No zombies on Chicago Street this year as Elgin council votes to cancel Halloween event for 2022

  • Live music plays at the end of streets at the ninth annual Nightmare on Chicago Street festival in Elgin in 2019. The Elgin City Council voted 4-3 against holding the popular annual Halloween event in 2022.

      Live music plays at the end of streets at the ninth annual Nightmare on Chicago Street festival in Elgin in 2019. The Elgin City Council voted 4-3 against holding the popular annual Halloween event in 2022. John Starks | Staff Photographer, 2019

 
 
Updated 4/14/2022 6:27 AM

There will be no zombies roaming downtown Elgin this year. At least not as part of Nightmare on Chicago Street.

Following the recommendation of Elgin Special Events Coordinator Kate O'Leary, the Elgin City Council voted 4-3 against holding the popular annual Halloween event in 2022.

 

O'Leary said rising material and rental costs coupled with a volunteer shortage and uncertainty about the pandemic and weather colored her recommendation.

"The risk of this event is too great to justify," she said. "The likelihood of the city recouping a majority of the expense is low."

That cost was estimated at $512,000, a 51% increase over the last time they held the event in 2019. The last two years were canceled because of the pandemic.

The city was already getting a later start than usual on the planning of the event due to the pandemic, but O'Leary said the committee that runs Nightmare could still pull it off if the council approved.

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"My concern moving forward is not with the committee or with their abilities in any way, it's just simply the cost of the event that has increased so much and the uncertain factors," she said. "I cannot overstate how loved it is, it's just 'is this the year for it' is the question."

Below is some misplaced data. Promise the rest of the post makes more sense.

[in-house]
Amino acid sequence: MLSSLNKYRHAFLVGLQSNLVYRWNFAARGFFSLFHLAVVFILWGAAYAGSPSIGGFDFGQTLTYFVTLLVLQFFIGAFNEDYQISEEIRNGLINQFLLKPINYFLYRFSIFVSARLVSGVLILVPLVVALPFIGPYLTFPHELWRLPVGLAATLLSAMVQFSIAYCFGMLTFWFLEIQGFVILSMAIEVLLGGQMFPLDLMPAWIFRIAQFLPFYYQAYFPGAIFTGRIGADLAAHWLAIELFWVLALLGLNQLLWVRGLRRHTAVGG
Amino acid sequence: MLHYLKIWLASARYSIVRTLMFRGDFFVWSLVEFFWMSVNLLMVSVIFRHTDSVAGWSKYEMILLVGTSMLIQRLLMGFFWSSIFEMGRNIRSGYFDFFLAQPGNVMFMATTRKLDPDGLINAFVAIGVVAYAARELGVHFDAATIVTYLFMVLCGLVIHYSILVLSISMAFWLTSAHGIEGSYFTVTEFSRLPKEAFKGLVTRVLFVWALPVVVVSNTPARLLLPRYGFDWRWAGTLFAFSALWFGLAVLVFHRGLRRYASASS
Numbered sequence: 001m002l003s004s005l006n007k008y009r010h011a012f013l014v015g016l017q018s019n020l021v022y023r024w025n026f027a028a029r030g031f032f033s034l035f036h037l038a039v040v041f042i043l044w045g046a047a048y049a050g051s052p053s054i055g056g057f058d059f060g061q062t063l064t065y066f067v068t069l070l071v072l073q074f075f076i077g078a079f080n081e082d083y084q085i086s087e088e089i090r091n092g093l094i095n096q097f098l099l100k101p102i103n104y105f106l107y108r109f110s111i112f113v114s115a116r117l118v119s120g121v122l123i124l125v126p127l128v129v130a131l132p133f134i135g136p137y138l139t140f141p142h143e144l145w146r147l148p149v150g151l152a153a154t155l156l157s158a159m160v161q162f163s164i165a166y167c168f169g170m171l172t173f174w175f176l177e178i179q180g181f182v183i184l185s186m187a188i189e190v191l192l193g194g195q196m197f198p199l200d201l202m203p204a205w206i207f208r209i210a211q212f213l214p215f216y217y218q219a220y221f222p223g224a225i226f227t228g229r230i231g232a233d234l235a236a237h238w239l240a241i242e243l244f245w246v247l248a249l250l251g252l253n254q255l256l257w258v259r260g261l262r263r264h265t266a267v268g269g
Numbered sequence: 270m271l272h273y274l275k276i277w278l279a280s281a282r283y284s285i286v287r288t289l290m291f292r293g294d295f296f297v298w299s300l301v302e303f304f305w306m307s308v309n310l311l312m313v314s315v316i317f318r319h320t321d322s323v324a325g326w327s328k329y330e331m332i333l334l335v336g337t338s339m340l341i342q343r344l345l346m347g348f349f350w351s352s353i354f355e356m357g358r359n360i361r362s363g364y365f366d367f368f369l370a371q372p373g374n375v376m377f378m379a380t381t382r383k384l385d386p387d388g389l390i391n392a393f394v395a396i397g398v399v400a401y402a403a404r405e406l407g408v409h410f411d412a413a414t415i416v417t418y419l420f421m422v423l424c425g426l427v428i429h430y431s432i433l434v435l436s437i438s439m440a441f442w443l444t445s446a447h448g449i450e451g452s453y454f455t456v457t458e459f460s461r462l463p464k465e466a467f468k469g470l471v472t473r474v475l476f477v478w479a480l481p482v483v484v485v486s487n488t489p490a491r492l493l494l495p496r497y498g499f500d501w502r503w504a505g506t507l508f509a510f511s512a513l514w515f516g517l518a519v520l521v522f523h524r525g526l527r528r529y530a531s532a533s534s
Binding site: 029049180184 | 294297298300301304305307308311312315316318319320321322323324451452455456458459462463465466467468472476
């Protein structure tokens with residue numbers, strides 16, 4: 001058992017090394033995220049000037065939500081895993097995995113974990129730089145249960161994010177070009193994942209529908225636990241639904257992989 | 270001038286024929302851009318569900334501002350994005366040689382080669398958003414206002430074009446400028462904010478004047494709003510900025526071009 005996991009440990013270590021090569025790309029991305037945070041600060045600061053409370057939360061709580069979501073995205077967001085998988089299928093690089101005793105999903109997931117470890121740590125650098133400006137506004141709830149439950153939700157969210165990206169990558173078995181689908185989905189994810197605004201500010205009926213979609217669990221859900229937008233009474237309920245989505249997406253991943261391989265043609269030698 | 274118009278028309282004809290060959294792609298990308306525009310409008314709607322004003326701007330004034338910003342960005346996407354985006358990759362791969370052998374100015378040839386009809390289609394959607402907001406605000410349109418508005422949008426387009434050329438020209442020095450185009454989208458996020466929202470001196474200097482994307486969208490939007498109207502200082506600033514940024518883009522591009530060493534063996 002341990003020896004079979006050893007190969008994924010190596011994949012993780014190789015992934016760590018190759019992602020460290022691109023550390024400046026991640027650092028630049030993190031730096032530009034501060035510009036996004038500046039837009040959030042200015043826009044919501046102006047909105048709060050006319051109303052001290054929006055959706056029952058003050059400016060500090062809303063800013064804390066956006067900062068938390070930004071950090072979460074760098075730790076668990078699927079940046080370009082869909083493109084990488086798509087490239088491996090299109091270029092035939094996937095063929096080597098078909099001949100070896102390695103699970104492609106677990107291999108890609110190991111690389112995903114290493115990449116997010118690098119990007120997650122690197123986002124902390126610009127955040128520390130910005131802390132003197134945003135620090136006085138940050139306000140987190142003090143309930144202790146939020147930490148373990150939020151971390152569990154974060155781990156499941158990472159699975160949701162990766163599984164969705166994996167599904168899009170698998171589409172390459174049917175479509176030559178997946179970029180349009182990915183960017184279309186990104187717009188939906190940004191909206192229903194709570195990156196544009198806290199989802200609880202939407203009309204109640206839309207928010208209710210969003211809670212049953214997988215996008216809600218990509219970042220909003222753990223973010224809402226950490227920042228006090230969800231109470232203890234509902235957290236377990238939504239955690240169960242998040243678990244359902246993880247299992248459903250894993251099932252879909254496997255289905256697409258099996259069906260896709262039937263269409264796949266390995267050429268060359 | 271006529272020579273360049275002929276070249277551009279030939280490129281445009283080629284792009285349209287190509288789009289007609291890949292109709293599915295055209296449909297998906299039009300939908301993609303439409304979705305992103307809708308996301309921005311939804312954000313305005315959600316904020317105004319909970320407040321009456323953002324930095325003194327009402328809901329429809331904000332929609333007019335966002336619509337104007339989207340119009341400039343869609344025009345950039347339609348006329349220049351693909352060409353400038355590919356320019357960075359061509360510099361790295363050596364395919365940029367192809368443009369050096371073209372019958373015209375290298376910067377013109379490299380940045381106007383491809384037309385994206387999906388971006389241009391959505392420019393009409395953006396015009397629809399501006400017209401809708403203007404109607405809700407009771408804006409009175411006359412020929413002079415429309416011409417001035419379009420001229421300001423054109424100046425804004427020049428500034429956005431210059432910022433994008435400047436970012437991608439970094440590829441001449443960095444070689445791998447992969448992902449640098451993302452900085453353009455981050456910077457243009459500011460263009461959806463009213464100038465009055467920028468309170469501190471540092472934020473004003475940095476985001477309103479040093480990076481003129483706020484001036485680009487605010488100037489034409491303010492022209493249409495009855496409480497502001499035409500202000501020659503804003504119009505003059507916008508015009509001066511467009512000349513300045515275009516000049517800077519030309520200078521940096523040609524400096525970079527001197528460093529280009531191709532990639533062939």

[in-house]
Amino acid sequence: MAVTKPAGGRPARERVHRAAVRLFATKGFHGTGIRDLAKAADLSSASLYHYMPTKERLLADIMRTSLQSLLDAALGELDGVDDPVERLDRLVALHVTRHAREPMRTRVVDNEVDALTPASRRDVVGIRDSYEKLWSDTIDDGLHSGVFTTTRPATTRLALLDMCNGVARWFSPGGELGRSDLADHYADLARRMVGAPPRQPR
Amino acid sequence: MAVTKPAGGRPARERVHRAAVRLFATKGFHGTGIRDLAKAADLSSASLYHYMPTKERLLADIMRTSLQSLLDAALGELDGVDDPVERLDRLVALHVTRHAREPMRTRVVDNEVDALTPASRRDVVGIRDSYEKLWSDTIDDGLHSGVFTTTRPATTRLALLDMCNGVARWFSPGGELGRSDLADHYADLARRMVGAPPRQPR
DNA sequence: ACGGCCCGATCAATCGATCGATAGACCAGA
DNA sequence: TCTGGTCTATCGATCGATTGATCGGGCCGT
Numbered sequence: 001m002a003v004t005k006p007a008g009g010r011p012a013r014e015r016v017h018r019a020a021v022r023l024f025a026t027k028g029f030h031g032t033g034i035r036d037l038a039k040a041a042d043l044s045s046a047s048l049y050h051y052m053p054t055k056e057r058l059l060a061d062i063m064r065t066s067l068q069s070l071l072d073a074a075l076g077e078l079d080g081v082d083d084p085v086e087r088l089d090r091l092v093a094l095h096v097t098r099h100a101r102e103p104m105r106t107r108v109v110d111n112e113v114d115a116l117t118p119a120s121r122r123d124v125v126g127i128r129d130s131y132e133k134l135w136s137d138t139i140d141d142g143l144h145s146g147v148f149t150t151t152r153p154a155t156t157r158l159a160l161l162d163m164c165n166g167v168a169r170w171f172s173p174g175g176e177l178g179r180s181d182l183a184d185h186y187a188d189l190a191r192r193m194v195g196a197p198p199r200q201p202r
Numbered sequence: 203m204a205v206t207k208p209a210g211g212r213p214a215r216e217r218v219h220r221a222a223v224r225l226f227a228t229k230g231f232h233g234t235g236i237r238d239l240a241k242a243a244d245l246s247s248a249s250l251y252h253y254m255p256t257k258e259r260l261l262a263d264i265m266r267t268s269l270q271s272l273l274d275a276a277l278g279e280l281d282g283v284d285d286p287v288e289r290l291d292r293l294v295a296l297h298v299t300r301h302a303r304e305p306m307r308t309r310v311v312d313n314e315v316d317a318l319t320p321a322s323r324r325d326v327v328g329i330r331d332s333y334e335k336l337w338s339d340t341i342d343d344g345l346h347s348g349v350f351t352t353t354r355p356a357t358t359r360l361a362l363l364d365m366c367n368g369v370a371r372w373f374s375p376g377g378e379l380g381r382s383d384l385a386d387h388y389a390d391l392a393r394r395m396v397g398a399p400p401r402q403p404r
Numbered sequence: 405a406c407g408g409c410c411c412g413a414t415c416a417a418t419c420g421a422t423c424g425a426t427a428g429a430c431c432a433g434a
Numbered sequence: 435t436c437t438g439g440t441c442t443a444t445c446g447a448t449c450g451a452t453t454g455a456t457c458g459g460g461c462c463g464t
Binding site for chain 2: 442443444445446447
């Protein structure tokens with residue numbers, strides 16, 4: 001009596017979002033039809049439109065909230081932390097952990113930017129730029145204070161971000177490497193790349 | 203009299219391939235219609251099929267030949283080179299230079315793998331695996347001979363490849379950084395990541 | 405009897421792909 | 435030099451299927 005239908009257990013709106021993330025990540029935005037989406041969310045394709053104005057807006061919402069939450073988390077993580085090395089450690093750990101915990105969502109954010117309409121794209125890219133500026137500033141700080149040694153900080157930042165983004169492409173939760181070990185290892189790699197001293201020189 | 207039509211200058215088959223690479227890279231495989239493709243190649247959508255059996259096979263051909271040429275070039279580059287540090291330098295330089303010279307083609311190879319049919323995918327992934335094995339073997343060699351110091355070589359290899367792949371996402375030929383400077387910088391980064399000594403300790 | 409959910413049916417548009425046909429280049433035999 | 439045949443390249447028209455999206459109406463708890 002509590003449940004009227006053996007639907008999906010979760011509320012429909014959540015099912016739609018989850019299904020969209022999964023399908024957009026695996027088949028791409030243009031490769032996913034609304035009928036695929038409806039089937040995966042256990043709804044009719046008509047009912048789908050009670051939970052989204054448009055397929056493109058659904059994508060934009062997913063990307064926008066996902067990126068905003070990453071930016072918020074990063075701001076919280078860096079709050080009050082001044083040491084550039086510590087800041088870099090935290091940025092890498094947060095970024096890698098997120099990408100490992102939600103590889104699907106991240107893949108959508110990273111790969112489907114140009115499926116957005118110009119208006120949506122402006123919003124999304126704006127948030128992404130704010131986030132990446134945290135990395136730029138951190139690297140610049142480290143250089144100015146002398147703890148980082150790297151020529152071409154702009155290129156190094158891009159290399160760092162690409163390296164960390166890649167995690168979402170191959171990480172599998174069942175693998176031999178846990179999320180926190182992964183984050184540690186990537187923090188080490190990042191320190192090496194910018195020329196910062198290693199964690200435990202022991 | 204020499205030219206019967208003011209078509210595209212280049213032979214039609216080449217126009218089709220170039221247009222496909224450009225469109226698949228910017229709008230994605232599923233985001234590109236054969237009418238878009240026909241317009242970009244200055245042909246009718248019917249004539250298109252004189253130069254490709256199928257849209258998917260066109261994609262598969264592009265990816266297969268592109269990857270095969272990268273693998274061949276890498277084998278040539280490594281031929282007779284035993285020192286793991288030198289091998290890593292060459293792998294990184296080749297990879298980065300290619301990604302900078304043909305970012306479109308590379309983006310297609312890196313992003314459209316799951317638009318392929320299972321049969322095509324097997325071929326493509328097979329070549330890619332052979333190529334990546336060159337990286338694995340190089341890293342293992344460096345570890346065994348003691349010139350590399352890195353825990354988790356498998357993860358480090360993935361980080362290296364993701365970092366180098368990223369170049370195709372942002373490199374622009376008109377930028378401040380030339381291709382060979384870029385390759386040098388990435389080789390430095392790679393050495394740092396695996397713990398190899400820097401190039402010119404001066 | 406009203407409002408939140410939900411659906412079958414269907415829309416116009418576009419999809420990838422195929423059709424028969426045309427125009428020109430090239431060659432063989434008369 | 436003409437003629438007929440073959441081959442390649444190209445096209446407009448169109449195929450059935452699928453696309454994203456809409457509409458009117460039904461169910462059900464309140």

While opinions on the council were split on whether or not to hold the event this year, each member on the dais who spoke supported the idea of holding it again in 2023.

"I love it, I love the Nightmare, but I'm looking at the half a million dollar expense with so many unknown factors," council member Steve Thoren said.

Thoren, along with council members Corey Dixon, Rose Martinez and Toby Shaw, voted to cancel Nightmare this year. Members Dustin Good, Tish Powell and Carol Rauschenberger approved a motion to have the event. Mayor David Captain and council member John Steffen were absent.

                                                                                                                                                                                                                       
 

"I'm disappointed that the city isn't considering it for this year," Raushenberger said. "I hate to put the six or seven or eight years that we've built a reputation for this on the back burner and do something different."

Council member Martinez understood the sentiment, and said they have to look at the big picture.

"I really think in our heart, we all want to have it," Martinez said.

"I get it, I think this is one of the biggest exposures that we have to our wonderful city, but I think we owe it to the rest of Elgin who will be paying for this."

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